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An Overview of Current Capabilities and Future Directions of Drones (UAVs) in Agriculture

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/20th September 2017, Alfonso Torres-Rua/ Multiple drones or UAV devices are available in the market for agricultural purposes, and some of them are already being used in Utah farmland. Because drones are available, it is important to determine their capabilities. The camera sensors are key to the quality of maps produced by the drones. In general, low cost sensors that capture red-green-blue (RGB) and near-infrared (NIR) pictures are not necessarily calibrated for agricultural purposes.

These cameras are intended for human portraits and nature photography and video, thus they are calibrated to capture light that describes these scenes. These types of sensors are found in Go-Pro, Canon, Sony, and any other camera brand found in a photography shop. Agricultural type cameras have specialized filters that make them more expensive. Examples of specialized cameras for agriculture are the Micasense Red-Edge, and Parrot Sequoia. These cameras are lightweight and specifically designed for UAV power support.

Another major key in UAV use is the location accuracy on the ground of the pixels captured by the camera mounted in the drone. Like available agricultural equipment, UAVs have incorporated GPS which records the location of the UAV while in flight. Nevertheless, the accuracy of the GPS device can be +/-10 ft, which means the device could locate the UAV images out in the road or in next field. If the results of the UAV are for more than simple visual inspection, investing in GPS ground targets, such as the ones provided by Propeller, or ground mats can provide a solution to the problem.

One of the map products that can be obtained using commercial UAVs is the Normalized Difference Vegetation Index (NDVI) or similar. The NDVI is an index that indicates the overall health of a plant. If the NDVI values are close to 1.0, vegetation is expected to be healthy, but for values close to 0.0, the map is showing bare soil or stressed vegetation. Different cameras will give different values of NDVI for the same field and flight time, which could mislead the user of the UAV NDVI map. Agricultural cameras, however, can provide a standard NDVI that is comparable with other agricultural cameras such as those in satellites.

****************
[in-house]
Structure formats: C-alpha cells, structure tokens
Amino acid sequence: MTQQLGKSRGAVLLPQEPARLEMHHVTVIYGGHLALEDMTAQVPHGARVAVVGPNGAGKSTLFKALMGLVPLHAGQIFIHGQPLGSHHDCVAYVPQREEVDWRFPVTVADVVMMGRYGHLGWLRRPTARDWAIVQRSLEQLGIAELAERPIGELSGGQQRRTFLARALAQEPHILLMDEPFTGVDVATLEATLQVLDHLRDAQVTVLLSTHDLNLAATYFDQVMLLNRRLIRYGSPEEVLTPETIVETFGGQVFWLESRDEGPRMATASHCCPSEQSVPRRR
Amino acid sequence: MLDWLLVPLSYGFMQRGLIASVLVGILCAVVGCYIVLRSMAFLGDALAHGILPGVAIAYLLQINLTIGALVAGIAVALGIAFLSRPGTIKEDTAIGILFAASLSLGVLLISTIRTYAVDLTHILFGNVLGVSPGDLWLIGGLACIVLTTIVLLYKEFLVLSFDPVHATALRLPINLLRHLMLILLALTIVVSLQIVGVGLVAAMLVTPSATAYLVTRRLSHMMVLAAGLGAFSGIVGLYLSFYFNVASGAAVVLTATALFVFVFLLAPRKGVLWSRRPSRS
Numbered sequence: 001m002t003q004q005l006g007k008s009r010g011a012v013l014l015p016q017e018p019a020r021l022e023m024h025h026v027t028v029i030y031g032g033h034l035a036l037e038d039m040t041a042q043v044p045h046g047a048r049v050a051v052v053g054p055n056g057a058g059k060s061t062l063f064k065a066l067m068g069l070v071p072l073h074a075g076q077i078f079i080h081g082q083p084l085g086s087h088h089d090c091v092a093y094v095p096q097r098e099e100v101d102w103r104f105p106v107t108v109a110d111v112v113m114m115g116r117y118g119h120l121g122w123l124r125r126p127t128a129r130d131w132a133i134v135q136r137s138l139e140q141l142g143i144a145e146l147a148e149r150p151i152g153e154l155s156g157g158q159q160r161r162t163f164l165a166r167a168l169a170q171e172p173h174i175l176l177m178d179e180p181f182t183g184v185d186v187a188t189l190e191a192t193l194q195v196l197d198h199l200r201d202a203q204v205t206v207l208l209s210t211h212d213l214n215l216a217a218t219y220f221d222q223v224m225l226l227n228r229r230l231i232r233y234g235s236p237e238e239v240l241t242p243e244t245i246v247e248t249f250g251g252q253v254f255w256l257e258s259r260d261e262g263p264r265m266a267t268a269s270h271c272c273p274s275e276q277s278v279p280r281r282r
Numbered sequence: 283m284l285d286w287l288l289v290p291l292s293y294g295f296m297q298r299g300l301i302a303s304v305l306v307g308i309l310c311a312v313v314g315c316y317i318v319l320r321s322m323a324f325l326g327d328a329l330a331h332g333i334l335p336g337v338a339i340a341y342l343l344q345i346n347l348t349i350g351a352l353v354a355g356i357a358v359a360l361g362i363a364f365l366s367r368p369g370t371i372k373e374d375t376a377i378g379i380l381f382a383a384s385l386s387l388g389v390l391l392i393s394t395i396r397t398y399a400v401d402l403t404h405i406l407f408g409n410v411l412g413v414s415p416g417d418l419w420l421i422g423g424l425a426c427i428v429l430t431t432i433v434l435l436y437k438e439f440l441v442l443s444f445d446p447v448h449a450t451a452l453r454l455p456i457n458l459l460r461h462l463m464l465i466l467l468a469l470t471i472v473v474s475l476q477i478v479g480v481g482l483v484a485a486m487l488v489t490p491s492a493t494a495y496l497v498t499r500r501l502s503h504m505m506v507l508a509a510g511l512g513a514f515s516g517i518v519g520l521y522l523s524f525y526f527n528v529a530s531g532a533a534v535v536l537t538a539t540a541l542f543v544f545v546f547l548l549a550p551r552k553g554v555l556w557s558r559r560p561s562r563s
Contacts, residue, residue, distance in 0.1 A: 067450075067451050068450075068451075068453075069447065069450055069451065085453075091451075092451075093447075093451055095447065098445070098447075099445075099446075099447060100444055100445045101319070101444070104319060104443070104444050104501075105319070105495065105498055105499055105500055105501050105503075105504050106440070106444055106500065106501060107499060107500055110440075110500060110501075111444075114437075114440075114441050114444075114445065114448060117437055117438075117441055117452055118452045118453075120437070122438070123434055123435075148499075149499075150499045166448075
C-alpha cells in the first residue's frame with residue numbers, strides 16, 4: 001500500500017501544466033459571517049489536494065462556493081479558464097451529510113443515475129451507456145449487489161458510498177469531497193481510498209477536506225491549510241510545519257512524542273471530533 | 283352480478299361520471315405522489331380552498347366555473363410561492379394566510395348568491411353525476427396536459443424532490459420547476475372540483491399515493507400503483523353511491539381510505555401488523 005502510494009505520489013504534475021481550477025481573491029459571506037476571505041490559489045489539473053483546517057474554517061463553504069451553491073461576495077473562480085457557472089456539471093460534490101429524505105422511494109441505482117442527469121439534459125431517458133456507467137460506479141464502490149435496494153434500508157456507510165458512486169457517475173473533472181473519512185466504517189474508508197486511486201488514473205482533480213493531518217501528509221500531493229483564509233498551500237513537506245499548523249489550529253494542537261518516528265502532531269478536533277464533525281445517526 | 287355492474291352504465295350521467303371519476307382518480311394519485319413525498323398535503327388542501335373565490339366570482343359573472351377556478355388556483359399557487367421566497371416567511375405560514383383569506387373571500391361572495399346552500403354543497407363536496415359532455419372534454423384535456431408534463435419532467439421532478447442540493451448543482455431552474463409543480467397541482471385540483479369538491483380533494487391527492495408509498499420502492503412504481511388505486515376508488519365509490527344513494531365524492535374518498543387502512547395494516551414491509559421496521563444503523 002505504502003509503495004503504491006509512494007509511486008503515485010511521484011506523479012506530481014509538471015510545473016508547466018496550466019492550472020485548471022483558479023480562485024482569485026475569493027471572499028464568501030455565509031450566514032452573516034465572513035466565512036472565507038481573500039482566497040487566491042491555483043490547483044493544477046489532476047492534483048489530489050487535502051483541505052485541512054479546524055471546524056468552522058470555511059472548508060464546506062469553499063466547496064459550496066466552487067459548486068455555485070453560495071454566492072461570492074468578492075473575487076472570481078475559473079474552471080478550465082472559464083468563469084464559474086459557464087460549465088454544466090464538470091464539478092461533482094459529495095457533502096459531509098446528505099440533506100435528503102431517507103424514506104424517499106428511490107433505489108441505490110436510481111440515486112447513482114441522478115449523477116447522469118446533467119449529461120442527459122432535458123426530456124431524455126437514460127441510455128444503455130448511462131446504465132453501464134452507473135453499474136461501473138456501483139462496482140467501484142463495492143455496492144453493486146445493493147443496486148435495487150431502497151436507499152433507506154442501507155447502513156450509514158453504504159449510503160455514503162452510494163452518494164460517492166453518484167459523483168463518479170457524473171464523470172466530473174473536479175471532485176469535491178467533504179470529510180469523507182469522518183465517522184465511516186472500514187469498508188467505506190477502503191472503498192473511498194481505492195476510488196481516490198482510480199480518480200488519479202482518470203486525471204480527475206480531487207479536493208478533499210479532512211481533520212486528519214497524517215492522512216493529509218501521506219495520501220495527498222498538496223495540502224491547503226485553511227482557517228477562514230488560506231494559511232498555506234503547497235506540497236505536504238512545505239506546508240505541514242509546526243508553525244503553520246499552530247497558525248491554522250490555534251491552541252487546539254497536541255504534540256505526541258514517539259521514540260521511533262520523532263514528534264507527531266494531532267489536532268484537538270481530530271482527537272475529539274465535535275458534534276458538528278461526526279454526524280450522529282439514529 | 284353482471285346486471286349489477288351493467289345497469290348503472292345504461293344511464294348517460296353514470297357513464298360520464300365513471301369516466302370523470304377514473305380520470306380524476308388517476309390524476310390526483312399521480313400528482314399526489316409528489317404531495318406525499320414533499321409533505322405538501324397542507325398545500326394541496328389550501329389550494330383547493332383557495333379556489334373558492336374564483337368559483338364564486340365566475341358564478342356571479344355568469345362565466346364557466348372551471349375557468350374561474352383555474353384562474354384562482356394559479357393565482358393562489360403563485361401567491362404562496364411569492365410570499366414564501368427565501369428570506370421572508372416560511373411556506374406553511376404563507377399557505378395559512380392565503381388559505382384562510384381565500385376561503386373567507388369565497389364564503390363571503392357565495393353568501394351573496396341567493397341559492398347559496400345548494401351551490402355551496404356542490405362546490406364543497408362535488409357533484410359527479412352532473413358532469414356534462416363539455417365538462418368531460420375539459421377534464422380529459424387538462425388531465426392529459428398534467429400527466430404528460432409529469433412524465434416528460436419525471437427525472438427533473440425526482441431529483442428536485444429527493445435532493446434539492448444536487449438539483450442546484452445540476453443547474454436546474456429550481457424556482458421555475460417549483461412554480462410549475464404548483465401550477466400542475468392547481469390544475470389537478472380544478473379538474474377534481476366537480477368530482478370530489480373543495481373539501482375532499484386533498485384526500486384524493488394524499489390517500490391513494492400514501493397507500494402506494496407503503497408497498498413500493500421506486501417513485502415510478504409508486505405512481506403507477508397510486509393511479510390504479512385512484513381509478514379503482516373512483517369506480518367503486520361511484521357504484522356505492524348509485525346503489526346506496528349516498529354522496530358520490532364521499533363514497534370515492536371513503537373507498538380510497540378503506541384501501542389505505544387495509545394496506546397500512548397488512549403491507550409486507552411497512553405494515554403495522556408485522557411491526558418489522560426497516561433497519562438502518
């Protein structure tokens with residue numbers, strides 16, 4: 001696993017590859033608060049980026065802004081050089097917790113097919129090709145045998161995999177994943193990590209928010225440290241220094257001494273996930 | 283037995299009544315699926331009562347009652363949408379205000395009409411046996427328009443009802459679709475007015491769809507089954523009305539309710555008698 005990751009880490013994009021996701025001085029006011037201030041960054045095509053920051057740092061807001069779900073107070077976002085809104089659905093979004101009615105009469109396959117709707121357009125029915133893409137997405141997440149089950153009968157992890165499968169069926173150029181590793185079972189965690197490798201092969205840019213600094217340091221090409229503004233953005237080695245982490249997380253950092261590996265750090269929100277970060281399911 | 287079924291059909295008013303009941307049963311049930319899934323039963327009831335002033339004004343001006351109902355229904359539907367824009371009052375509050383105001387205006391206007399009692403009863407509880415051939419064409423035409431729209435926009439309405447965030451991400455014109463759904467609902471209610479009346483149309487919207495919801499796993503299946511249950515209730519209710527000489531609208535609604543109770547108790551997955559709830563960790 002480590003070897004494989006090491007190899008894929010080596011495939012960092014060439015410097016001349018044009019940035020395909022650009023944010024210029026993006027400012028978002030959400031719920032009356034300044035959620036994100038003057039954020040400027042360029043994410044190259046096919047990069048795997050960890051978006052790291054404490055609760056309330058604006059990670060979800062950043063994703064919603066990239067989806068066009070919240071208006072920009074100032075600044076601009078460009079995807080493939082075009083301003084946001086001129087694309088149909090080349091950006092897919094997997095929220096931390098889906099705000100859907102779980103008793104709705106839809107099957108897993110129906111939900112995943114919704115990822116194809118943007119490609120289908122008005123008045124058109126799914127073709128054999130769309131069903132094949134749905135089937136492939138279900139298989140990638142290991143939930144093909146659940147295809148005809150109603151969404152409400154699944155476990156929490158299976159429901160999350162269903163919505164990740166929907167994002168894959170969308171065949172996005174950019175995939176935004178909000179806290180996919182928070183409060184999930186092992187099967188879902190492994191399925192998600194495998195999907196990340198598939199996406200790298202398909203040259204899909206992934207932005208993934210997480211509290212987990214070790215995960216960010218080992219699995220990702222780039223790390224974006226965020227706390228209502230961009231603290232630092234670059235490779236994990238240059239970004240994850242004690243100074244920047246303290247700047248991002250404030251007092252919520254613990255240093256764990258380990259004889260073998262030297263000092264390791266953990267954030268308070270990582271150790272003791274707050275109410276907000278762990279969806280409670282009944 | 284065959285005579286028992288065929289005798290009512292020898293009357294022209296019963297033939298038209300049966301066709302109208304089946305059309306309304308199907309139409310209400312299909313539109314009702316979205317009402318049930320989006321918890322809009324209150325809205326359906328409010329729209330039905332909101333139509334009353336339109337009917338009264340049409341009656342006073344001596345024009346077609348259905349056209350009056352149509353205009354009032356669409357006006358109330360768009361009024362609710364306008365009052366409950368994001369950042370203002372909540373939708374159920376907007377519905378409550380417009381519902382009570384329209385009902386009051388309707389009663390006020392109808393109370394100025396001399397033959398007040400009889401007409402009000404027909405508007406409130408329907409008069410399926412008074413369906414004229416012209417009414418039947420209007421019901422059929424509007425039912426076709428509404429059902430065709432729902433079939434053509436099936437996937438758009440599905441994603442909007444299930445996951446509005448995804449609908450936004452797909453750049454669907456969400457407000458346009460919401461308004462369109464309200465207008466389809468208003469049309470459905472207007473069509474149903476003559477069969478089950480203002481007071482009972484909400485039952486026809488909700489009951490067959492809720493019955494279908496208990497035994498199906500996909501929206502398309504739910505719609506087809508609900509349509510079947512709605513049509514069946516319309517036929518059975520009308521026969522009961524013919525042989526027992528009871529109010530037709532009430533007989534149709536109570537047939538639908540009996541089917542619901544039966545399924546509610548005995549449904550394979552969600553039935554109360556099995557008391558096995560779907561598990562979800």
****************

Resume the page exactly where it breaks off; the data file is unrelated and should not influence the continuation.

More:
UAVs tends to be time and money intensive because of the multiple conditions required for its use: FAA regulations, UAV flight by a licensed pilot, and processing capabilities to obtain the RGB or NDVI map. FAA regulations limit UAV flight s to an elevation of 400 ft. and to ~1.8 miles (visual line of sight). The FAA also requires all UAV flights that benefit commercial applications (e.g. agriculture) to use a licensed UAV pilot. UAV flight data must be transferred into a cloud solution or a local powerful computer for processing. Cloud solutions tend to require an annual fee, and computer solutions often require a fee or a license.

The full research paper you can download from here: Drones in Agriculture: An Overview of Current Capabilities and Future Directions


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